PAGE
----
No Texting While DrivingTexting While Driving Accidents in Kansas City

There is no doubt that texting while driving causes car wrecks. Another driver could look down at his or her phone to send a text and not notice that traffic ahead came to a halt, plowing into you from behind. And yet Missouri is one of only two states (the other being Montana) that has yet to make it illegal for someone to text and drive. However, in Missouri, if you are under 21 and texting while driving, you could be subject to a $200 dollar fine and points against your license. According to Kansas City Police Department statistics, zero citations were given out in 2018 for texting while driving. Meanwhile, Missouri State Highway Patrol numbers showed the following texting while driving citations across the state:

  • 2017 = 63 citations
  • 2016 = 76 citations
  • 2015 = 57 citations

In Kansas it is illegal for anyone to text and drive. In fact, texting from any wireless device while in a vehicle on a public road or highway applies even if your car is stopped in traffic or at a stoplight). According to Kansas statute 8-15,111, the only exceptions to the rule that you cannot use a phone to write, send, or read a written communication are the following:

  1. Law enforcement officers or emergency service personnel acting within the scope of their employment.
  2. A motor vehicle stopped off the regular traveled portion of the roadway;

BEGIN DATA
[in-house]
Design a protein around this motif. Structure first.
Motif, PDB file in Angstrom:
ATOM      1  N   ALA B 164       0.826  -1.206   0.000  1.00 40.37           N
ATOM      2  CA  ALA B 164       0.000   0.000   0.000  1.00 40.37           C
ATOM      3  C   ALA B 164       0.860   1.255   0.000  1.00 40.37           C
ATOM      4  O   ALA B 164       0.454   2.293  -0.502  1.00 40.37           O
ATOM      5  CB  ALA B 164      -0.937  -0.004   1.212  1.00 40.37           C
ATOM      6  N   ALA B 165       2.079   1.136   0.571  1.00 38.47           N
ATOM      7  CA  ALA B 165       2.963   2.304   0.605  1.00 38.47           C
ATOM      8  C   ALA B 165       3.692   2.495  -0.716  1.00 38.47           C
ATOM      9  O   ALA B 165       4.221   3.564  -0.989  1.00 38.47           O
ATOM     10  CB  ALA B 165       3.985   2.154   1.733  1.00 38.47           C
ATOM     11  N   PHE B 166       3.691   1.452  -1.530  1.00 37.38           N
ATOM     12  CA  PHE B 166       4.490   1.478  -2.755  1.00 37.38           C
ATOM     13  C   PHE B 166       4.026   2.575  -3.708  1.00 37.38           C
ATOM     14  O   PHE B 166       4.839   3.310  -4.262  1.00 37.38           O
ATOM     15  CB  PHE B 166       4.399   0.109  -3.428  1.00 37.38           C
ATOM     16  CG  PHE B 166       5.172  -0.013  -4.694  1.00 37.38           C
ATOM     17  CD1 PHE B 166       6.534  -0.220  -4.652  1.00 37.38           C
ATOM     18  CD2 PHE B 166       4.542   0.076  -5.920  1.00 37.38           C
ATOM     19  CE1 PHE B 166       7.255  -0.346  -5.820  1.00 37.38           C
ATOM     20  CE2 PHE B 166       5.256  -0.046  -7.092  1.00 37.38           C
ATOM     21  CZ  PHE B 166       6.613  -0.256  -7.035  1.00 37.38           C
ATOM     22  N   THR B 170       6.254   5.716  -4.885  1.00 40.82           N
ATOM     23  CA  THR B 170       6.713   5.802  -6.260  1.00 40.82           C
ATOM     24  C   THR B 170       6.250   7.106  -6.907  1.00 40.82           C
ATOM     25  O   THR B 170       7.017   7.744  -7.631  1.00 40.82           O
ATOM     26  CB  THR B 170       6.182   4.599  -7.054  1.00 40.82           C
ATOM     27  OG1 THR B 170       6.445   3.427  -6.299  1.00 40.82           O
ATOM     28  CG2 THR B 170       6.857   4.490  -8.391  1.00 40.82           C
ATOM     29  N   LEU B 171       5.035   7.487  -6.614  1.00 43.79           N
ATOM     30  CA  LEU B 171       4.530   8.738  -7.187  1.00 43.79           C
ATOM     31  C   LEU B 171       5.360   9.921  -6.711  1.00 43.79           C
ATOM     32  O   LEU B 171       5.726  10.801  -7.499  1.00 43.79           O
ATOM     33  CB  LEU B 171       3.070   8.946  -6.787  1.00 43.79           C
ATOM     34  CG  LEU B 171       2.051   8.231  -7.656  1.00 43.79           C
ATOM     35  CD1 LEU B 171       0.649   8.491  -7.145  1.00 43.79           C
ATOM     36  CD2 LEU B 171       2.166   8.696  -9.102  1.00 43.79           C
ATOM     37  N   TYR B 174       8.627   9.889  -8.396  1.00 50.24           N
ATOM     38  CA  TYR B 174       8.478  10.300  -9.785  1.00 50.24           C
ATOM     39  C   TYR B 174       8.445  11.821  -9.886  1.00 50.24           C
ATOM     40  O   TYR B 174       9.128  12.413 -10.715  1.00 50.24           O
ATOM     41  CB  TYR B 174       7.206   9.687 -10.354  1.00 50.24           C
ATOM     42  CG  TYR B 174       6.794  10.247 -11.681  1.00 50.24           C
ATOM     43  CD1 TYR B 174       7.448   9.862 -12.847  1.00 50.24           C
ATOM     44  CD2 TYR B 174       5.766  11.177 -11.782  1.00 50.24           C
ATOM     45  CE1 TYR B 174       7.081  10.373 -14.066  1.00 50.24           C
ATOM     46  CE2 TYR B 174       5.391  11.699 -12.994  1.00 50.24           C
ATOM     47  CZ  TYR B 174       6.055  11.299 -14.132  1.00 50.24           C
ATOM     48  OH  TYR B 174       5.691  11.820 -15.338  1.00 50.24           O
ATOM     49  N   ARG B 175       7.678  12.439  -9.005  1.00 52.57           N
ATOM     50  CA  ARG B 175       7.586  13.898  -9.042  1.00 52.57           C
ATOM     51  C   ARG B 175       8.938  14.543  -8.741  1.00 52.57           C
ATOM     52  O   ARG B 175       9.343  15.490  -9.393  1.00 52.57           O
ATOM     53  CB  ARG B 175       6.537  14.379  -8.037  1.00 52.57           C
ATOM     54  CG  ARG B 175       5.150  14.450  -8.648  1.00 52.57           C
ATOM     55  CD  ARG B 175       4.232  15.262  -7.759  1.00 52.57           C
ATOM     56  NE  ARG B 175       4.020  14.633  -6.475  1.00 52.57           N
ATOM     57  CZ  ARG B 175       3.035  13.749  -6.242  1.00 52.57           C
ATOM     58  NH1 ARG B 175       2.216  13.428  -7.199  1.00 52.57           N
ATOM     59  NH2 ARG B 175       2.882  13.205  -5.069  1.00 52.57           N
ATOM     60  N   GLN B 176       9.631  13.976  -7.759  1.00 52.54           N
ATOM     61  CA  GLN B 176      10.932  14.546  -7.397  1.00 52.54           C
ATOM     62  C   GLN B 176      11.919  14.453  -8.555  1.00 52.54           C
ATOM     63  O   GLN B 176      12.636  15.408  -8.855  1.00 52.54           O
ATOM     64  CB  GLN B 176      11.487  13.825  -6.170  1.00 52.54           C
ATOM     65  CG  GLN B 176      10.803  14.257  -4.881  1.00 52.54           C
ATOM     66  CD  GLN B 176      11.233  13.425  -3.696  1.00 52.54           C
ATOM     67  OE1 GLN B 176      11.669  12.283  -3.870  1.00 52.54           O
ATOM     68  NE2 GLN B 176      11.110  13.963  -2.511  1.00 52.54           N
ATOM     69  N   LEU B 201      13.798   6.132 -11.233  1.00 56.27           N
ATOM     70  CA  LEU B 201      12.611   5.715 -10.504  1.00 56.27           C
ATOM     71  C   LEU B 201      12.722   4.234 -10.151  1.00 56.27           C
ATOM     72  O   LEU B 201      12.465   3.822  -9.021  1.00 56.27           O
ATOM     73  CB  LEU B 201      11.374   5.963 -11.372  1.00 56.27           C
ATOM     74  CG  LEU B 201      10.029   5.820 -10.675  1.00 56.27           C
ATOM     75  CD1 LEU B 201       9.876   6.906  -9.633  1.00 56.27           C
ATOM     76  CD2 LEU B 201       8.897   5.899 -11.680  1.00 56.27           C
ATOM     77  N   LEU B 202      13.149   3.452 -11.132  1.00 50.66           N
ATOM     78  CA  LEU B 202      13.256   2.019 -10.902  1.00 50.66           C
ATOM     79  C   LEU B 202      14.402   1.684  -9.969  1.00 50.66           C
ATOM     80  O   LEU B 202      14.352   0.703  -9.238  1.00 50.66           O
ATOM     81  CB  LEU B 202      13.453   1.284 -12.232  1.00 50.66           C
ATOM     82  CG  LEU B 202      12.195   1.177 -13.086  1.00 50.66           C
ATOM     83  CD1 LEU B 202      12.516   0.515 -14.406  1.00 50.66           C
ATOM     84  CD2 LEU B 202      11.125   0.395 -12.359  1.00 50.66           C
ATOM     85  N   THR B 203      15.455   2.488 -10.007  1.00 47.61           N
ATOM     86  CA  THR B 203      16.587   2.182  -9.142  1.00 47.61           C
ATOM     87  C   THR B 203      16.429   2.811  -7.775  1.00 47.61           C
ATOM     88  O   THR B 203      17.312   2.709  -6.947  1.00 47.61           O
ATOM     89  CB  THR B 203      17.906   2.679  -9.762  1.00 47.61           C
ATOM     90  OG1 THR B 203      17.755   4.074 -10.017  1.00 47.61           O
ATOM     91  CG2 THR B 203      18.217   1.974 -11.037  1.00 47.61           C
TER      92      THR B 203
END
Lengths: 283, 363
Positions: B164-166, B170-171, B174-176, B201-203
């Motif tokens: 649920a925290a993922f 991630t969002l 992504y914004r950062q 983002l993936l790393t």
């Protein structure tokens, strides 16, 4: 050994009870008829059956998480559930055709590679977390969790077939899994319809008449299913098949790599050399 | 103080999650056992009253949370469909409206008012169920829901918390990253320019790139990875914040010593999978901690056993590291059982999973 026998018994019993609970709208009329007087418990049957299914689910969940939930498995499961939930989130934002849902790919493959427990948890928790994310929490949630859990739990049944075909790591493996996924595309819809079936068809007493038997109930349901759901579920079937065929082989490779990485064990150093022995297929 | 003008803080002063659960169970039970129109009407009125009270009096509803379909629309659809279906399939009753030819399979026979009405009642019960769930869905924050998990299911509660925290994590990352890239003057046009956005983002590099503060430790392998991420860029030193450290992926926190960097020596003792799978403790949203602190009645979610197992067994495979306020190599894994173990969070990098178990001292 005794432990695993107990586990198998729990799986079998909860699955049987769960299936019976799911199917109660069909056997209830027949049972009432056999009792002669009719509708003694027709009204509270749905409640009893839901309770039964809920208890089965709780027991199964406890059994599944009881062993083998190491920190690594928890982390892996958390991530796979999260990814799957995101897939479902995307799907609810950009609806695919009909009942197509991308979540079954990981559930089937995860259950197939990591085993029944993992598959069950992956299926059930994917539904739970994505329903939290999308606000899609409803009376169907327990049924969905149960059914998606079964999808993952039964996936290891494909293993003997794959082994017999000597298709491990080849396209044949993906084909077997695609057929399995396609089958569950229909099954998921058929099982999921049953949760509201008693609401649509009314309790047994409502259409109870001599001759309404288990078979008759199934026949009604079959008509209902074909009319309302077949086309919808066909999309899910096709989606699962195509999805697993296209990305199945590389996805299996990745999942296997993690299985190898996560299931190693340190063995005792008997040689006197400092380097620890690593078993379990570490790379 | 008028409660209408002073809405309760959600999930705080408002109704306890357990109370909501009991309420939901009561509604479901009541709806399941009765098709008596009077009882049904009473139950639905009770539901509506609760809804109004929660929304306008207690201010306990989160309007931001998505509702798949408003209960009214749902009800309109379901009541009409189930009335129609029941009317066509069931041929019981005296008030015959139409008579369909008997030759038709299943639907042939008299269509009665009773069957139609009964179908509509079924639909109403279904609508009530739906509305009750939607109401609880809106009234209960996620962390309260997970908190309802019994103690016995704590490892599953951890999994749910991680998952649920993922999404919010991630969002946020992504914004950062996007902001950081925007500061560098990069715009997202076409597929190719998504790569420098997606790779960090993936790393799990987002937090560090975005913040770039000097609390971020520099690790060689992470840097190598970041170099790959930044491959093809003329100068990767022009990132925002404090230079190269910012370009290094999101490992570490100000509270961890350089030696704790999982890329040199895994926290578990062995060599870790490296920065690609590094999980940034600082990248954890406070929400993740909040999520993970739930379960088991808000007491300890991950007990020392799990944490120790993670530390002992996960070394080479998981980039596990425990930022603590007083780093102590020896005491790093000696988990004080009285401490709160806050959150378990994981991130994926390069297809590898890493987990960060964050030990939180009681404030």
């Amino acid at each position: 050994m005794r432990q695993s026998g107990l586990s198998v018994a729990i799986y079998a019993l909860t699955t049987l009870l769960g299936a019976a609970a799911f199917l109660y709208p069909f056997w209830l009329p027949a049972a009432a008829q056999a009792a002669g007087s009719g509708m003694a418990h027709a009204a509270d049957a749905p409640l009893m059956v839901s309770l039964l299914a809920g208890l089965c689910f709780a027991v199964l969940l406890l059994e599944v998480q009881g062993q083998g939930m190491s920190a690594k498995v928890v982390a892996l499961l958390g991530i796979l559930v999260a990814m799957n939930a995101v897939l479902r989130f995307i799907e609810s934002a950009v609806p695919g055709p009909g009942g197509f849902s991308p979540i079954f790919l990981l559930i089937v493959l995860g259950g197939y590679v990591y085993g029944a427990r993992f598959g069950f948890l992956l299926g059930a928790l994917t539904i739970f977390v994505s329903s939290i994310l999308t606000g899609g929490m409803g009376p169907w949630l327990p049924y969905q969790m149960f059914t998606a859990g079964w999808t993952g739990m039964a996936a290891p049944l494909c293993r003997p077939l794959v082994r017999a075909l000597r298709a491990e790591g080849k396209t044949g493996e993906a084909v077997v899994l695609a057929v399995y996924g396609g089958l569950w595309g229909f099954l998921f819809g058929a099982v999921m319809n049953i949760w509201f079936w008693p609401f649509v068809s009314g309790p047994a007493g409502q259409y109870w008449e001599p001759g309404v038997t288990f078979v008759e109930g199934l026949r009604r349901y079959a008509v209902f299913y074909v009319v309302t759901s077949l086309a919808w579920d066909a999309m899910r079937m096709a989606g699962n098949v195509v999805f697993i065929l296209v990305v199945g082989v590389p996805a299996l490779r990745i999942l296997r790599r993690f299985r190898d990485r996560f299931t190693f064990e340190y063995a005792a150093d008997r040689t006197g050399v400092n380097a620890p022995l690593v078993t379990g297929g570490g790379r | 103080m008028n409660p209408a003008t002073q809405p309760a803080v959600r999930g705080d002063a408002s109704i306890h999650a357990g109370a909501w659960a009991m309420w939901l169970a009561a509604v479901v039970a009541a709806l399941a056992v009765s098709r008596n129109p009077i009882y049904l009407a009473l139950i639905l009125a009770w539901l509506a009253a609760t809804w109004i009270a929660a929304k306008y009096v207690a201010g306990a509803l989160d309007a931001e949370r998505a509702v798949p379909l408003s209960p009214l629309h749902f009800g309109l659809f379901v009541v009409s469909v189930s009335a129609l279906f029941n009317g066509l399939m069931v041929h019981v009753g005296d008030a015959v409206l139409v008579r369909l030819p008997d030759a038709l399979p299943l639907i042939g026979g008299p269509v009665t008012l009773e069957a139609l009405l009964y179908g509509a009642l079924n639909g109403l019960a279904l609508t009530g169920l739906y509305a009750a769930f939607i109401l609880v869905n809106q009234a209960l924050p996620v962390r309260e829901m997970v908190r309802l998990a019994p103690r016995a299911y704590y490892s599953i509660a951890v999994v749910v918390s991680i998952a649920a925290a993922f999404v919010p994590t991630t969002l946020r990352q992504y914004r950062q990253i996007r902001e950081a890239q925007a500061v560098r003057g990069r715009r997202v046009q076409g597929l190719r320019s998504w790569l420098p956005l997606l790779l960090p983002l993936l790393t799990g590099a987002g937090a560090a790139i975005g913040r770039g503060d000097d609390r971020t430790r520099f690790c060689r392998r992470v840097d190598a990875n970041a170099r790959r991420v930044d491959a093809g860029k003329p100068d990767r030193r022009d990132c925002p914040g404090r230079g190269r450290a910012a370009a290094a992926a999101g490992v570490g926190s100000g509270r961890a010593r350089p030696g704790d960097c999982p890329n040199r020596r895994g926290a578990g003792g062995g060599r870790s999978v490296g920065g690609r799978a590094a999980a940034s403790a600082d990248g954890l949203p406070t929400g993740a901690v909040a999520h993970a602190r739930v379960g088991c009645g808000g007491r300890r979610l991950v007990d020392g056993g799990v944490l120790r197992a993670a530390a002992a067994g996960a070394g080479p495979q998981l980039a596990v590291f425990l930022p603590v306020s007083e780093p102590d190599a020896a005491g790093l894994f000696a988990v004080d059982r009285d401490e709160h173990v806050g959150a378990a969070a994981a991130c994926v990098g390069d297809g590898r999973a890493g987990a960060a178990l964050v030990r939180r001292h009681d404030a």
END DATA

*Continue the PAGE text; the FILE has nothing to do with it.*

3. A person who reads, selects or enters a telephone number or name in a wireless communications device for the purpose of making or receiving a phone call;
  4. A person who receives an emergency, traffic or weather alert message;  or
  5. A person receiving a message related to the operation or navigation of the motor vehicle.

Further, the rules against texting and driving shall not prohibit a person using a phone while operating a moving motor vehicle to:

  1. Report current or ongoing illegal activity to law enforcement;
  2. Prevent imminent injury to a person or property;  or
  3. Relay information between a transit or for-hire operator and the operator's dispatcher, in which the device is permanently affixed to the motor vehicle.
Brian Wallace
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Kansas City Personal Injury Attorney
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